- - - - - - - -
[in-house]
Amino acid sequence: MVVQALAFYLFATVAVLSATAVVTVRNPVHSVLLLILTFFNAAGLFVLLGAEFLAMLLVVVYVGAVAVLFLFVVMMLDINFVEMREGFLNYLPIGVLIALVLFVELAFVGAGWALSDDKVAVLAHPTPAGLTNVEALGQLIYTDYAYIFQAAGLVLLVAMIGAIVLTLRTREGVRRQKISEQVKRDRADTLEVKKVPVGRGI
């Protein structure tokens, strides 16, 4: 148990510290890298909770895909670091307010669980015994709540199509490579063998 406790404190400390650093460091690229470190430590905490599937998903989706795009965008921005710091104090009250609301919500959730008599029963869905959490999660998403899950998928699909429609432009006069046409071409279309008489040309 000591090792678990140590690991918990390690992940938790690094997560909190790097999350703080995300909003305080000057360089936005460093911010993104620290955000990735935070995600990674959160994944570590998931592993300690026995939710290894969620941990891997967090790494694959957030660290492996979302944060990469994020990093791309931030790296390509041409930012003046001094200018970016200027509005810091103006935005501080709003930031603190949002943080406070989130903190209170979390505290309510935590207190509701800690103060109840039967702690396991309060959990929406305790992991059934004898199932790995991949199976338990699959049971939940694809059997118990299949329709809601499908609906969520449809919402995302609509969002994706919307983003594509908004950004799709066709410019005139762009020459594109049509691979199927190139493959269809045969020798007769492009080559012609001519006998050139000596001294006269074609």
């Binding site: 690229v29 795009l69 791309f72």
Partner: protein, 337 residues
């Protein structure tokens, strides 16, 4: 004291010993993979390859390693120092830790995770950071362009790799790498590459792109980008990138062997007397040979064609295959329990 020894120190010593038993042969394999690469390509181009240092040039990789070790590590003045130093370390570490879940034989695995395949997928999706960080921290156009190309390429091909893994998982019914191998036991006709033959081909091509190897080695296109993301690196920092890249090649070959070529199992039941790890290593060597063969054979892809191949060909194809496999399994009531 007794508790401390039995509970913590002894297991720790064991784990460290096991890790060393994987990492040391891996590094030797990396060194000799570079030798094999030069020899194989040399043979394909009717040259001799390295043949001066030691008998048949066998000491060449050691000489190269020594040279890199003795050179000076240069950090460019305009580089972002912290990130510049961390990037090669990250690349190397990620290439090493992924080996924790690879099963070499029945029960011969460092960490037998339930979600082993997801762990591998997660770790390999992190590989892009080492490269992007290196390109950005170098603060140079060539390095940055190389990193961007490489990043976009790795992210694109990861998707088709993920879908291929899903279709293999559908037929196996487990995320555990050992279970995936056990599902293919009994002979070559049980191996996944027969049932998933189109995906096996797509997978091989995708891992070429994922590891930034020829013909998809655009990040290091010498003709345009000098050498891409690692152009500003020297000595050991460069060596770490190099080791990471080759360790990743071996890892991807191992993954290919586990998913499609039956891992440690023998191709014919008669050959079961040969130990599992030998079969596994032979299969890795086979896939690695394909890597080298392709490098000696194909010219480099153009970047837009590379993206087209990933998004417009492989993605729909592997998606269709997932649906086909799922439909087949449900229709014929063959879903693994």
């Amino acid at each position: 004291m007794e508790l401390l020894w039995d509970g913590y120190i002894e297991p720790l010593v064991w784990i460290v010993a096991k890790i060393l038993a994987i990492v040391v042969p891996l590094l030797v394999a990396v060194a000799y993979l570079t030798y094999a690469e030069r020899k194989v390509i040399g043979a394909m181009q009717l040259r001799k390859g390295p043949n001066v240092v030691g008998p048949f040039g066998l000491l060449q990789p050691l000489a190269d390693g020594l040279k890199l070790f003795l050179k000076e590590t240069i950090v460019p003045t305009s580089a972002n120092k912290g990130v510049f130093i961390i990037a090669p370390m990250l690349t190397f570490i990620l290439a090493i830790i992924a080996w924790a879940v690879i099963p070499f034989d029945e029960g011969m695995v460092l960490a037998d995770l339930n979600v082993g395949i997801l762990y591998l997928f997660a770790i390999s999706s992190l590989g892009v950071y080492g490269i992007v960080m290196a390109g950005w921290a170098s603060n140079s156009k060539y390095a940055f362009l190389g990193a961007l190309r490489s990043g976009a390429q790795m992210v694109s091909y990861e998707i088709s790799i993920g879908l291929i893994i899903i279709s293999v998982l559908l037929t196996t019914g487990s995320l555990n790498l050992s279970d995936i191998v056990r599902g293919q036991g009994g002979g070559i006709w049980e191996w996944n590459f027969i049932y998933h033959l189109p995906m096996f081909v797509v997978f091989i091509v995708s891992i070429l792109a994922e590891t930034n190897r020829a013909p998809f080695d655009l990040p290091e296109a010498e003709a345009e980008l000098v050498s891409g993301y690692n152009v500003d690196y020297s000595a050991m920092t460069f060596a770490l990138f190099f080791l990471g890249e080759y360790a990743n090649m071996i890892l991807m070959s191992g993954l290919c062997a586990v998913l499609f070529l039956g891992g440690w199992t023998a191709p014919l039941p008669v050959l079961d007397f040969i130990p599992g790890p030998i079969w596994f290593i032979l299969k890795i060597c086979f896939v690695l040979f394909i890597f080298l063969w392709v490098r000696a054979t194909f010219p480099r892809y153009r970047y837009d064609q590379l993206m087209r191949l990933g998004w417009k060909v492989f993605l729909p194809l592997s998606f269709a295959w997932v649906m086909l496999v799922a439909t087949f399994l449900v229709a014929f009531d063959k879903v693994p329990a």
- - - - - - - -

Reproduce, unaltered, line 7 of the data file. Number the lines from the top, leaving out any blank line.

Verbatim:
């Amino acid at each position: 004291m007794e508790l401390l020894w039995d509970g913590y120190i002894e297991p720790l010593v064991w784990i460290v010993a096991k890790i060393l038993a994987i990492v040391v042969p891996l590094l030797v394999a990396v060194a000799y993979l570079t030798y094999a690469e030069r020899k194989v390509i040399g043979a394909m181009q009717l040259r001799k390859g390295p043949n001066v240092v030691g008998p048949f040039g066998l000491l060449q990789p050691l000489a190269d390693g020594l040279k890199l070790f003795l050179k000076e590590t240069i950090v460019p003045t305009s580089a972002n120092k912290g990130v510049f130093i961390i990037a090669p370390m990250l690349t190397f570490i990620l290439a090493i830790i992924a080996w924790a879940v690879i099963p070499f034989d029945e029960g011969m695995v460092l960490a037998d995770l339930n979600v082993g395949i997801l762990y591998l997928f997660a770790i390999s999706s992190l590989g892009v950071y080492g490269i992007v960080m290196a390109g950005w921290a170098s603060n140079s156009k060539y390095a940055f362009l190389g990193a961007l190309r490489s990043g976009a390429q790795m992210v694109s091909y990861e998707i088709s790799i993920g879908l291929i893994i899903i279709s293999v998982l559908l037929t196996t019914g487990s995320l555990n790498l050992s279970d995936i191998v056990r599902g293919q036991g009994g002979g070559i006709w049980e191996w996944n590459f027969i049932y998933h033959l189109p995906m096996f081909v797509v997978f091989i091509v995708s891992i070429l792109a994922e590891t930034n190897r020829a013909p998809f080695d655009l990040p290091e296109a010498e003709a345009e980008l000098v050498s891409g993301y690692n152009v500003d690196y020297s000595a050991m920092t460069f060596a770490l990138f190099f080791l990471g890249e080759y360790a990743n090649m071996i890892l991807m070959s191992g993954l290919c062997a586990v998913l499609f070529l039956g891992g440690w199992t023998a191709p014919l039941p008669v050959l079961d007397f040969i130990p599992g790890p030998i079969w596994f290593i032979l299969k890795i060597c086979f896939v690695l040979f394909i890597f080298l063969w392709v490098r000696a054979t194909f010219p480099r892809y153009r970047y837009d064609q590379l993206m087209r191949l990933g998004w417009k060909v492989f993605l729909p194809l592997s998606f269709a295959w997932v649906m086909l496999v799922a439909t087949f399994l449900v229709a014929f009531d063959k879903v693994p329990a």